Skip to content

Eye Health Center

Font Size

Understanding Glaucoma -- the Basics

What Is Glaucoma?

More than 3 million adult Americans have glaucoma, making it one of the leading causes of blindness in the U.S. 

The most common form, chronic open-angle glaucoma, generally appears in middle age and seems to have a genetic component: One in five people with glaucoma has a close relative with the condition. In chronic, open-angle glaucoma, sight begins to fade in the outer areas (peripheral) of the visual field; if untreated, tunnel vision and then blindness follow.

Understanding Glaucoma

Find out more about glaucoma:





The inside of the eye continuously produces and drains away a fluid called aqueous humor. As fresh aqueous is produced by cells inside the eye, an equal amount must exit through a drainage passageway (trabecular meshwork). If not enough drains away, pressure will increase inside the eye. The effects of intermittent or persistent high pressure on delicate retinal nerve fibers and the optic nerve results in permanent vision loss.

Glaucoma has long been called "the silent thief of sight," because there can be significant damage to the eye before the problem is discovered. Glaucoma damage is irreversible.

Types of Glaucoma

Glaucoma is a collection of diseases, all of which share a common outcome: irreversible damage to delicate nerve fibers and the optic nerve that sends information to the brain. The most common type of glaucoma is called chronic open-angle glaucoma, accounting for about 75%-90% of cases. There are multiple causes of this type of glaucoma. In chronic open-angle glaucoma, both eyes may be affected at the same time, but one eye is often worse than the other.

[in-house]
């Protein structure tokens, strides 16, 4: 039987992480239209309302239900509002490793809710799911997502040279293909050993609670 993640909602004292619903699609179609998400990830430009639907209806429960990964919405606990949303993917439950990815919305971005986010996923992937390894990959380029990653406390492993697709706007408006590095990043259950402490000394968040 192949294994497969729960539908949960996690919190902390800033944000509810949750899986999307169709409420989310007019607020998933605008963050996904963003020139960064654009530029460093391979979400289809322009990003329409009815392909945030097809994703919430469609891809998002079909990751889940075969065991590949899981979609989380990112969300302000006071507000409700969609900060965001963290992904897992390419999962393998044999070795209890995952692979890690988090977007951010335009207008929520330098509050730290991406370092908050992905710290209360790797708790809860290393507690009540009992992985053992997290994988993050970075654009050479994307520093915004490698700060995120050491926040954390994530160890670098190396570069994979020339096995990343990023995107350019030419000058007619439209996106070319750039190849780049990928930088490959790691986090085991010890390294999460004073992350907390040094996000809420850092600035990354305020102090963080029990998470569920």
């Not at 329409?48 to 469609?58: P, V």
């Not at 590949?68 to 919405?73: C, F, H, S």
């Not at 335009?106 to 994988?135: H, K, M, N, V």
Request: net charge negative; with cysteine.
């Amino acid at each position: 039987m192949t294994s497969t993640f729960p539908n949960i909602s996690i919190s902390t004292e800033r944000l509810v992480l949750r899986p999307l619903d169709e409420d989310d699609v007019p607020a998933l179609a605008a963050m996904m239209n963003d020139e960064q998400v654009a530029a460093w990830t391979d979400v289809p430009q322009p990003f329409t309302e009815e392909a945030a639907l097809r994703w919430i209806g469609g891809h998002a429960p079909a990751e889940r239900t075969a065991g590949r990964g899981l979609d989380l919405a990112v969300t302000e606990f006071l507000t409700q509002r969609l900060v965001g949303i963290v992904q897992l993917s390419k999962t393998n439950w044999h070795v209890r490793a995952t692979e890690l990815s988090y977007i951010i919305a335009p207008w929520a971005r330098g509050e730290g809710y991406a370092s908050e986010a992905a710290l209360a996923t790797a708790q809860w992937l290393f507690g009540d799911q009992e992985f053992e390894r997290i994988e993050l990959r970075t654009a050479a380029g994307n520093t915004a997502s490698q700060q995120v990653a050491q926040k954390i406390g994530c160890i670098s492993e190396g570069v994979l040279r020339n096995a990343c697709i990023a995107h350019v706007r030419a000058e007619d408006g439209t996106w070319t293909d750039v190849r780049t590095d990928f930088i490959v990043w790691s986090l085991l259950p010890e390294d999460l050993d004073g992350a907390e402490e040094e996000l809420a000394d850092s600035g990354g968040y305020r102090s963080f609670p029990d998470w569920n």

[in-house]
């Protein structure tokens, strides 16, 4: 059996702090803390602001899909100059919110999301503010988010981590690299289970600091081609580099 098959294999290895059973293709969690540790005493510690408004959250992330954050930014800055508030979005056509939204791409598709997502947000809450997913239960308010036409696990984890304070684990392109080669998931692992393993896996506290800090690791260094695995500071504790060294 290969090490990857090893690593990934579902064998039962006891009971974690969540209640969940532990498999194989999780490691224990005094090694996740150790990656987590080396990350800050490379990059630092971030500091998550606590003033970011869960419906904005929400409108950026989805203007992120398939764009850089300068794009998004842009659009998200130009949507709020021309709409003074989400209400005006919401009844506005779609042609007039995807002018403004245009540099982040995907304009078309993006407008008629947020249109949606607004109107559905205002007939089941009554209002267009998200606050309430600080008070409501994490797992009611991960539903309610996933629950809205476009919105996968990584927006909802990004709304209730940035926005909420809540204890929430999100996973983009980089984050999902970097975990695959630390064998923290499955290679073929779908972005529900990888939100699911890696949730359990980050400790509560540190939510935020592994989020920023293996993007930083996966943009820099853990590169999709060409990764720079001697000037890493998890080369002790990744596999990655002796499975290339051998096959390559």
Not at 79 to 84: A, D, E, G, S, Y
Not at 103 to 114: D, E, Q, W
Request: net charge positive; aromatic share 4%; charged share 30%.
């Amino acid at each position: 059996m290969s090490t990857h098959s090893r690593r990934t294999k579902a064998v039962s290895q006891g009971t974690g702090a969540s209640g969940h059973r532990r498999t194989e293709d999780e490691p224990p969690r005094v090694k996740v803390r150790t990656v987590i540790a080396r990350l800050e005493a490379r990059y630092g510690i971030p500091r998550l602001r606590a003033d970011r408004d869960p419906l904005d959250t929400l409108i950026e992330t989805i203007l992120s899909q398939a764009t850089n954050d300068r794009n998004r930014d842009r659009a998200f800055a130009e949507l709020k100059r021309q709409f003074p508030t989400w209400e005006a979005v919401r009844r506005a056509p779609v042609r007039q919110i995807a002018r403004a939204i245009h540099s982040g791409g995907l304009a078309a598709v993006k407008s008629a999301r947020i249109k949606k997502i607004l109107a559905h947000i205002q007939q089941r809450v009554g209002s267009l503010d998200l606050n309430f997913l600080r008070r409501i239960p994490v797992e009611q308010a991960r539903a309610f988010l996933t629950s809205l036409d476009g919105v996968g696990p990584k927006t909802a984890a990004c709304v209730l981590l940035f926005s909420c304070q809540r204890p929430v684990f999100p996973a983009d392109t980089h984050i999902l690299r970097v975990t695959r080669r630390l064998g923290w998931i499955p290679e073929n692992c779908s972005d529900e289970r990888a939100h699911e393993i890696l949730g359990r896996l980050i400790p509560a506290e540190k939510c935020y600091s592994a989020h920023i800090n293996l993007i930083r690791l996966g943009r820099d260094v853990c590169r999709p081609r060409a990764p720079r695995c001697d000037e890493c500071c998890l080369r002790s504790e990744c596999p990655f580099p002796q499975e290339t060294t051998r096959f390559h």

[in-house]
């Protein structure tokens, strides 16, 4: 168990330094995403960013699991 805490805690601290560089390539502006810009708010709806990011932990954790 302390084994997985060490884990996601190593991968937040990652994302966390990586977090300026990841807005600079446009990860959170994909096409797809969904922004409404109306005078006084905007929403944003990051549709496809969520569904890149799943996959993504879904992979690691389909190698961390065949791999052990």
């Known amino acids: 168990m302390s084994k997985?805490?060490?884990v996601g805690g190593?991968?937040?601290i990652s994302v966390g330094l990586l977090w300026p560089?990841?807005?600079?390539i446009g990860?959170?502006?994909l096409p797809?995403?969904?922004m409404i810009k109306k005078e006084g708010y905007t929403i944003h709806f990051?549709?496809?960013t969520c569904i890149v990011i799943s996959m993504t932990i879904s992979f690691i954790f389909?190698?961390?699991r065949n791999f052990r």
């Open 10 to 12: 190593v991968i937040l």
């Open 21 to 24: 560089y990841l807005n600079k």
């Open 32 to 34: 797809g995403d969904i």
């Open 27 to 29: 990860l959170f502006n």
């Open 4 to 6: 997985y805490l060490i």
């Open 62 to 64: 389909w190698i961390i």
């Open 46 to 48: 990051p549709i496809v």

Narrow or closed-angle glaucoma is less common and occurs suddenly with blurred vision, a great deal of pain in the eye and head, and redness, usually in one eye first. In closed-angle glaucoma, the flow of aqueous is blocked from entering the drainage system, causing a sudden and severe rise in pressure inside the eye. Just like in open-angle glaucoma, the high pressure permanently damages the retinal and optic nerve fibers. Acute closed-angle glaucoma is a medical emergency and needs immediate medical care to restore normal aqueous outflow, reduce pressure, and prevent permanent damage to the eye and blindness.

Today on WebMD

Woman holding tissue to reddened eye
Learn about causes, symptoms, and treatments.
Simple annoyance or the sign of a problem?
red eyes
Symptoms, triggers, and treatments.
blue eye with contact lens
Tips for wearing and caring.
Understanding Stye
human eye
eye exam timing
vision test
is vision correction surgery for you
high tech contacts
eye drop